Slimming our federal leadership
This column is co-authored by Russ Feingold, a U.S. Senator from Wisconsin and a member of the Senate Budget Committee, and Paul Light, a professor at New York University's Wagner School of Public Service and the host of Light on Leadership.
The strength of presidential leadership isn't defined by the number of political appointees. Having more appointees doesn't make presidents more effective; in fact, it makes them less so. Yet the number of appointees has ballooned over the years. Since John F. Kennedy entered office in 1961, the number of cabinet secretaries has gone from 10 to 15, the number of deputy secretaries from six to 24, the number of under-secretaries from 15 to 53, and the number of assistant secretaries from 87 to 257.
These numbers do not include the huge increase in the number of presidential appointees who serve without Senate confirmation. There was not a single Schedule C "personal and confidential assistant" in the federal hierarchy until 1953 when President Dwight Eisenhower created the new title. There are now 1,500 or so. Nor was there a single political member of the Senior Executive Service until 1978. There are now 700. Add the numbers together, and the total number of political appointees is more than 3,000 today, up from barely 500 in 1961.
These lieutenants now occupy between a quarter and two-fifths of the management layers between the president and the front lines of government where services are delivered. Among the soon-to-be-classic titles are principal associate deputy secretary, assistant deputy under secretary, senior principal associate assistant secretary, assistant assistant secretary, and associate deputy assistant administrator.
These jobs are not only hard to fill in today's cumbersome, risk-averse appointments process, they have also created infinitely confusing reporting chains, a constant shuffling as appointees come and go, and uncertainty or even paralysis as civil servants wait for signals from the top. Presidents cannot create strong leadership when they have to wait more than a year to fill their top job; nor can they provide inspiration and accountability when their appointees start packing for their next jobs only 18 to 24 months after arriving.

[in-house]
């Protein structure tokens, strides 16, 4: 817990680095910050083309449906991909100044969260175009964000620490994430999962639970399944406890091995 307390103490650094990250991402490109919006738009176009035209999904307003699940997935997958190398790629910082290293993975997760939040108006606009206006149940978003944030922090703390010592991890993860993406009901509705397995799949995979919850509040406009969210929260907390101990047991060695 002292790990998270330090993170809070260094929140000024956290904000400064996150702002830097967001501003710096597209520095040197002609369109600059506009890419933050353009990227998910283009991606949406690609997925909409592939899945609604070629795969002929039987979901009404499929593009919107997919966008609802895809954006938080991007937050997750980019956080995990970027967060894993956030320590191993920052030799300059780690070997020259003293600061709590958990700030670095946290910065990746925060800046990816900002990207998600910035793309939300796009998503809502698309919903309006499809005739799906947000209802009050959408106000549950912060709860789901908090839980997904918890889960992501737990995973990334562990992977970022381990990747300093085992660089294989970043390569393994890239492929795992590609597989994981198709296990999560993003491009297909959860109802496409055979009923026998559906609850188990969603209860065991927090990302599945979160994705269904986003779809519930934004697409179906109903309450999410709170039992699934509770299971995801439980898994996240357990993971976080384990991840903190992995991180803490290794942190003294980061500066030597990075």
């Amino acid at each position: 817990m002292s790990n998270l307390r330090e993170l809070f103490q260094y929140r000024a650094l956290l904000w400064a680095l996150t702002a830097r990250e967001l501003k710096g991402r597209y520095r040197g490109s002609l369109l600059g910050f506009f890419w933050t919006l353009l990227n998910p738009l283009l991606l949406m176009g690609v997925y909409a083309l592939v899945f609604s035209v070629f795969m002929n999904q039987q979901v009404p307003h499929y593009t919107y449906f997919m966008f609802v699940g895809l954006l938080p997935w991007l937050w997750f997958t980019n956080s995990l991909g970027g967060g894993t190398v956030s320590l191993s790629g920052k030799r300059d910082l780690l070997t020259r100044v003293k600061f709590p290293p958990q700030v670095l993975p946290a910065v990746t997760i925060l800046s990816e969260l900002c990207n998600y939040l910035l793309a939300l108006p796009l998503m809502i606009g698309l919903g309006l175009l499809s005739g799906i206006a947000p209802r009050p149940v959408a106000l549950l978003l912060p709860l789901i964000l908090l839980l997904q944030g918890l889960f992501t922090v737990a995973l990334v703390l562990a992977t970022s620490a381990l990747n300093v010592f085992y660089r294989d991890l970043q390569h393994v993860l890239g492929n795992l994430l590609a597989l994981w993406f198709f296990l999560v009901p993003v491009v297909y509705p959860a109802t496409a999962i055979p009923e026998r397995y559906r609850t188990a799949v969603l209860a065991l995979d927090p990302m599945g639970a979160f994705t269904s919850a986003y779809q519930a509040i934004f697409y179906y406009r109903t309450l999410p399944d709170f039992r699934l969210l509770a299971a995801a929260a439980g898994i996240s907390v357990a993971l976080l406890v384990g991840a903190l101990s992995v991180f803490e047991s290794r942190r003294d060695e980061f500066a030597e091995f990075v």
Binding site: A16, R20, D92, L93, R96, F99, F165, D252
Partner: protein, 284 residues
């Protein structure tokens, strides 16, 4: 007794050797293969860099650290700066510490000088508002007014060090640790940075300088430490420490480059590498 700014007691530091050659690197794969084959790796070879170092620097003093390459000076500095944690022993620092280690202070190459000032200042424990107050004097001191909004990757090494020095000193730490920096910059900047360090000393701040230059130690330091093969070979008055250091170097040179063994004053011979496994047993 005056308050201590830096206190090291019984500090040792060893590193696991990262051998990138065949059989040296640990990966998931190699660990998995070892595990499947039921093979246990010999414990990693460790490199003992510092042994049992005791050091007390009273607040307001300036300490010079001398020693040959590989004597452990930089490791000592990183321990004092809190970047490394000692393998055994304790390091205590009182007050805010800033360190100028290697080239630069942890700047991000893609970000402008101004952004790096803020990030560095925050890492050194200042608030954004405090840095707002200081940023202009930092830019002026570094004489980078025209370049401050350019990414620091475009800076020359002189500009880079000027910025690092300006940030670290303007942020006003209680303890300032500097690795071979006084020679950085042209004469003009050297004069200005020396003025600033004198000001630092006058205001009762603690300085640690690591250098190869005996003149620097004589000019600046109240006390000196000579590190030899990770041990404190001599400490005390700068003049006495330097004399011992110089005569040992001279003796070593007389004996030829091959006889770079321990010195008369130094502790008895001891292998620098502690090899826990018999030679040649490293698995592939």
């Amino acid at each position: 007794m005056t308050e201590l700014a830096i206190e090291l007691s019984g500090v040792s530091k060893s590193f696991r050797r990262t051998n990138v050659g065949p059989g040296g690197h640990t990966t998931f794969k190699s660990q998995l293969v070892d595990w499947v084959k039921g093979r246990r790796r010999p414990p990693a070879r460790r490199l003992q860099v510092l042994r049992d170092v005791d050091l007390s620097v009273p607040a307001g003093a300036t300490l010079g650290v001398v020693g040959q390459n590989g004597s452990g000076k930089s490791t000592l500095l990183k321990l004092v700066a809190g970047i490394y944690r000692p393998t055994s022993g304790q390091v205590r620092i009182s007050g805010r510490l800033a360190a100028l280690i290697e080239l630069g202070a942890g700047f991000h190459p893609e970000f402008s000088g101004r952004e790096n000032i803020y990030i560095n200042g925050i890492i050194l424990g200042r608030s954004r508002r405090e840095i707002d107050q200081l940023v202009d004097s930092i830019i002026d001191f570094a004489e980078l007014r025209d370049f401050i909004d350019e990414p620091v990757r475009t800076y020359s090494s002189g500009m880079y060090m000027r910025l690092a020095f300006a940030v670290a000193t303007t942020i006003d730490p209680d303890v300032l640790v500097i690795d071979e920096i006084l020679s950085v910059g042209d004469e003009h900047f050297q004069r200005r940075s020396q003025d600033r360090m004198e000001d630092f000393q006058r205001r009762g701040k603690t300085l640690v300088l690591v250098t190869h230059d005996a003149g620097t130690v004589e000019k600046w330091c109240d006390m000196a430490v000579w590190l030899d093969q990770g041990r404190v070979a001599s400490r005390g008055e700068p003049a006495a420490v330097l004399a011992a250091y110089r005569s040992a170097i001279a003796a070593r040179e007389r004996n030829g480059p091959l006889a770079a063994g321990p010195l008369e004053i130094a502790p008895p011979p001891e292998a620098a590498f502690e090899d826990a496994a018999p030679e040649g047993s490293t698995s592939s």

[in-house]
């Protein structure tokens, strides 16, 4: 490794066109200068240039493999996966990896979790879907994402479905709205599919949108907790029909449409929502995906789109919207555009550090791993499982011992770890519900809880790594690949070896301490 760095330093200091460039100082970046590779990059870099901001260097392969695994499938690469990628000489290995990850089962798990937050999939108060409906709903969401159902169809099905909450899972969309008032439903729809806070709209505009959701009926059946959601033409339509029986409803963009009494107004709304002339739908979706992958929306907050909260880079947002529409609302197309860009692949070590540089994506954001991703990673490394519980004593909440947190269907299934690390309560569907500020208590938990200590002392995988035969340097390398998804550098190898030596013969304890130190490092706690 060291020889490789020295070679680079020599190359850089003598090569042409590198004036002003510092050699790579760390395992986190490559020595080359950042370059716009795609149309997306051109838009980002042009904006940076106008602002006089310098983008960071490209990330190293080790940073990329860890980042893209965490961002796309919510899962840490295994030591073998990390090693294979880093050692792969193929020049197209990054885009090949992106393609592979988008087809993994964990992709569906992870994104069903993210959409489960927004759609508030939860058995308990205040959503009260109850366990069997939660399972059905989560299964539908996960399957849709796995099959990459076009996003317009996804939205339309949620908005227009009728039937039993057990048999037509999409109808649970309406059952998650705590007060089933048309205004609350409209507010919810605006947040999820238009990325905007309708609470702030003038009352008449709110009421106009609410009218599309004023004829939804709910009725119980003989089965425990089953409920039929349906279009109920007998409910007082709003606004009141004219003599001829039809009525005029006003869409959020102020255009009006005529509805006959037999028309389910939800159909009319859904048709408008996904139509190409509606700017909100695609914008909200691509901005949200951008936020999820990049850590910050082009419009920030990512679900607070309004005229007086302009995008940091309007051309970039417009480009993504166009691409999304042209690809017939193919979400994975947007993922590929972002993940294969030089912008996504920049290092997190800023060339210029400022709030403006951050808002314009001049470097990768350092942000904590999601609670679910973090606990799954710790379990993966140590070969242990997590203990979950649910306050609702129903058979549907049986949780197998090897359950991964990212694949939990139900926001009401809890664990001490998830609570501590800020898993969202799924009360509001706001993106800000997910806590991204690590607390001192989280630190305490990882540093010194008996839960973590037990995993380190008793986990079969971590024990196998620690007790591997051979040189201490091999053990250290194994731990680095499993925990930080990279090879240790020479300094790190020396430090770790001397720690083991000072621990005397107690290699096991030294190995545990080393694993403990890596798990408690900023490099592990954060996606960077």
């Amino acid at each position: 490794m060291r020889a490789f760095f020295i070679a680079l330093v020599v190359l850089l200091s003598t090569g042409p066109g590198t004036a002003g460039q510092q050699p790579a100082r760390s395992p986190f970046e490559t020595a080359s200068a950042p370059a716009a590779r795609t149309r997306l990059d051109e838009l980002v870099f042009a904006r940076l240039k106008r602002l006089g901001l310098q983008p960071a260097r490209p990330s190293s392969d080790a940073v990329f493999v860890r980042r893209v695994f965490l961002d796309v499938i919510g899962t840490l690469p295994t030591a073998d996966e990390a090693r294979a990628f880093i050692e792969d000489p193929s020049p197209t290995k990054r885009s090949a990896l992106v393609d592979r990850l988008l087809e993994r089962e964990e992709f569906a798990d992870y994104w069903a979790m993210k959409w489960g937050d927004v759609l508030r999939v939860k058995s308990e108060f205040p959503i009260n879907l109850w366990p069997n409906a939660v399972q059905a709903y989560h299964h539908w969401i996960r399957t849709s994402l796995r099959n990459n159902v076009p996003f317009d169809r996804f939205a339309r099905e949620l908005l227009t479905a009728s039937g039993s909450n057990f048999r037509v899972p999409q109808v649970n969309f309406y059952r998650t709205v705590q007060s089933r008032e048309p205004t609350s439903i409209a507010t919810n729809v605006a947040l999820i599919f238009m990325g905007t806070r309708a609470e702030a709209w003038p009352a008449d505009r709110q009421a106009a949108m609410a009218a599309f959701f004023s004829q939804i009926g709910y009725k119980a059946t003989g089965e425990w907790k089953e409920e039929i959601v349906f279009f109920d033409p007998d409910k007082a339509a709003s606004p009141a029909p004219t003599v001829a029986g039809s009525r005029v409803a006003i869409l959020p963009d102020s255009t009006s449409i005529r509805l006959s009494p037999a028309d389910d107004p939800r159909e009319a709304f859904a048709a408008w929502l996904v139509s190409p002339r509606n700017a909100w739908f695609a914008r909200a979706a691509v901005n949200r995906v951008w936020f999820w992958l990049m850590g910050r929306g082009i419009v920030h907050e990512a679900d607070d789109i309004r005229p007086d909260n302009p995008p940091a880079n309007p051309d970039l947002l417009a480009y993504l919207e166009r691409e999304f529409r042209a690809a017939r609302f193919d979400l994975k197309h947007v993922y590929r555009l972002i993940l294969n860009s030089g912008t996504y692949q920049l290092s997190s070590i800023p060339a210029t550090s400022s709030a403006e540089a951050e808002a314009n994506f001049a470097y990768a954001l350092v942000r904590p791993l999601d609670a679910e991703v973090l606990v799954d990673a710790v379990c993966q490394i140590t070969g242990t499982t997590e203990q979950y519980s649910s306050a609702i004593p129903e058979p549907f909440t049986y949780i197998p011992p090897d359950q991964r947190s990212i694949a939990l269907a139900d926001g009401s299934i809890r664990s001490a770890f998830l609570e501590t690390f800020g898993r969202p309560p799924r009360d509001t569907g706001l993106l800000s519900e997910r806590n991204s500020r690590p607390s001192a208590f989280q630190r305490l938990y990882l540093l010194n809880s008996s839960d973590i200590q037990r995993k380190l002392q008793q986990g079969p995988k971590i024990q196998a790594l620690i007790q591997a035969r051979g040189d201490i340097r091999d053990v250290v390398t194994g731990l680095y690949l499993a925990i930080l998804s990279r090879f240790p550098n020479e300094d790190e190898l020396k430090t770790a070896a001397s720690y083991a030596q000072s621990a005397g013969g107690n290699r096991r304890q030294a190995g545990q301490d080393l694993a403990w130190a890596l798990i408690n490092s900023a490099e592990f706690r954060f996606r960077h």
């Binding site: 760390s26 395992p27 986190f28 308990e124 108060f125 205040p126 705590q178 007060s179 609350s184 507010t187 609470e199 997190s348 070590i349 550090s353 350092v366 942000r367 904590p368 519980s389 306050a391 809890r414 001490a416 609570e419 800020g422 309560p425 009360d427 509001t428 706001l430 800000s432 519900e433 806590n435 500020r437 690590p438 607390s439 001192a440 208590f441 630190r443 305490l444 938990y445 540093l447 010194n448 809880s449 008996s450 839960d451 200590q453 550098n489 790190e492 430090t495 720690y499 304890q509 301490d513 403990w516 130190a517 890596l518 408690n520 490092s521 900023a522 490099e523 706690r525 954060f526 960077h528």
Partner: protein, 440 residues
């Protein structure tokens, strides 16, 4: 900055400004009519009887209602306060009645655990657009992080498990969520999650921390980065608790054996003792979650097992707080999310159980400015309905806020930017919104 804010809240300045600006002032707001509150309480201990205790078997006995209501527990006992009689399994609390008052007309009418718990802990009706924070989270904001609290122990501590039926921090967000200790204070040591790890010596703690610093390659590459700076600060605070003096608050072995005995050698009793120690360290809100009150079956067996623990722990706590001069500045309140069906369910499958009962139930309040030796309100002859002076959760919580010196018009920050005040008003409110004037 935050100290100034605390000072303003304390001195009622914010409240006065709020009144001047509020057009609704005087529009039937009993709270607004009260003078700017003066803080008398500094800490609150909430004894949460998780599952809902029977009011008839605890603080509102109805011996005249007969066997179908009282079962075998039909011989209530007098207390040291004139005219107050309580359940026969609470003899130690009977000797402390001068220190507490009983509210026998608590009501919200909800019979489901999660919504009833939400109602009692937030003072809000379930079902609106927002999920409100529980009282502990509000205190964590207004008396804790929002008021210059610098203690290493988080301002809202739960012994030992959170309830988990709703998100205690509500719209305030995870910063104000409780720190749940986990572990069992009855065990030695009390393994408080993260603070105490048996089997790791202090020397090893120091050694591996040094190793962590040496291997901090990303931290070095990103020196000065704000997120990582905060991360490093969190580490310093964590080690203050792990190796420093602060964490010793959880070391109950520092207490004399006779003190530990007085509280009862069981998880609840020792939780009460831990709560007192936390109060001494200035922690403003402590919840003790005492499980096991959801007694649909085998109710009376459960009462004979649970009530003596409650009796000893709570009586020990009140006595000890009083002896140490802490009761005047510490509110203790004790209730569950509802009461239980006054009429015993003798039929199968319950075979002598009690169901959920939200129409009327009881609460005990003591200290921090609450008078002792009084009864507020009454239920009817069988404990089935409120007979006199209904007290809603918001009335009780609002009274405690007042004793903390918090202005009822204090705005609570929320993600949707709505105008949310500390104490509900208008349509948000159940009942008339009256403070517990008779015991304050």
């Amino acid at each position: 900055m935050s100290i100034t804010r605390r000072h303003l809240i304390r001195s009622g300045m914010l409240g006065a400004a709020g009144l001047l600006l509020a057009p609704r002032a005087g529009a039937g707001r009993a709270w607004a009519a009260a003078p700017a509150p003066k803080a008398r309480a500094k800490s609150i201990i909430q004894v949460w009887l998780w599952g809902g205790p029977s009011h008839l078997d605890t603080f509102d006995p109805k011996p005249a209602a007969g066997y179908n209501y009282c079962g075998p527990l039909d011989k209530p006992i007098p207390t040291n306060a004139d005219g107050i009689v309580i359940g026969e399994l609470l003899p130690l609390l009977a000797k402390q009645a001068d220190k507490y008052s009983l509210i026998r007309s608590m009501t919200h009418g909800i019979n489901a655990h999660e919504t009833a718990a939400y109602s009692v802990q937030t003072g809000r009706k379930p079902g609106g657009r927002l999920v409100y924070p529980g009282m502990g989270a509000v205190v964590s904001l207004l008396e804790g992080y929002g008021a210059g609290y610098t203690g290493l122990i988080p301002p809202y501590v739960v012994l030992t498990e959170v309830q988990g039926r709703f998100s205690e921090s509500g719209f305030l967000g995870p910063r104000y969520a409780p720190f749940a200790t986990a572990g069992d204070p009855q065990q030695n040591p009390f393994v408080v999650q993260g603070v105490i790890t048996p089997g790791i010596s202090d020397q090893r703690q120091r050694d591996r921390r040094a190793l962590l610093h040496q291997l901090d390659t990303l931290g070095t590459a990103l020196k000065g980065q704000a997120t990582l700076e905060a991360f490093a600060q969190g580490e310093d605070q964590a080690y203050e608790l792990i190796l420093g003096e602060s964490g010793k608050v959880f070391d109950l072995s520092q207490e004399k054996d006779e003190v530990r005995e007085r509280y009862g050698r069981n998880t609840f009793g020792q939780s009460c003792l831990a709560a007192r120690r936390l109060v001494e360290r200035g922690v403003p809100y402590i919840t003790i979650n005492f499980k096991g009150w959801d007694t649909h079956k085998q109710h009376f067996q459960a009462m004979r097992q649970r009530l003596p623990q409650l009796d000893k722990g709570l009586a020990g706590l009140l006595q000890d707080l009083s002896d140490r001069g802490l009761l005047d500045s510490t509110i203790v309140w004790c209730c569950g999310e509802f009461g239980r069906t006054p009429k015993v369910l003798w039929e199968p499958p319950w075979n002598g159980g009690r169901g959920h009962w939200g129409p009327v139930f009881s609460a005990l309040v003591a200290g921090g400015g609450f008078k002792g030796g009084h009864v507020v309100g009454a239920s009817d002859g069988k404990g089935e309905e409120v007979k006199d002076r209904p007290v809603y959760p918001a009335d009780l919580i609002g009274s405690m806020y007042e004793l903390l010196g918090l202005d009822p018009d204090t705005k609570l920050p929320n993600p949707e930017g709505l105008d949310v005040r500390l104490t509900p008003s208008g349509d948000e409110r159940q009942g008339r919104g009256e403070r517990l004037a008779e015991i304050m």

This constant rotation is particularly troublesome for the faithful execution of our laws. By the time an idea filters through so many layers of government, it has been rewritten to the point of irrelevance and confusion. This interference is almost unavoidable if presidential lieutenants and their "alter-ego" deputies are to show their worth, but it distorts information nonetheless as leaders and front-line employees play the childhood game of telephone on some of the most important issues in the world.
More importantly, the thickening of the federal hierarchy helps explain federal breakdowns where someone waved a red flag on the front lines only to be rebuffed at the middle or higher levels, leaving secretaries and administrators ample cause to wonder why they were never told about the problem.
There is another cost to the increase in political appointments, too - and this one comes in dollars and cents. With our country facing record deficits, we should make sure that taxpayer dollars are not spent to fill unneeded government jobs.
It is time to start the streamlining. Cutting the number of presidential appointees is a first step. Slashing the number of presidential appointees by a third would not only save almost $1 billion over the next ten years, and it would strengthen the president's leadership by creating what Alexander Hamilton called "clarity of command." And it could lead to an overdue discussion of streamlining the entire federal bureaucracy.
Founding father Alexander Hamilton did not believe that more leaders produced either vigilance or safety from tyranny. On the contrary, he worried about the tyranny of executive isolation and abuse. Citizens' confidence in the executive rested in the president's immediate access to every last person in the federal hierarchy. More than 200 years later, presidents are lucky if they have direct access to every last person in the cabinet secretary's office.
It is time to restore greater accountability at the top of the federal bureaucracy. There is no easier way to do it than cutting the number of leaders. It is easy, fast, and saves money. We can cut the number of leaders while still making sure that the right people are in the right place with the right authority and accountability to do their jobs for the American taxpayer. Cutting the number of presidential appointees is a good first step.
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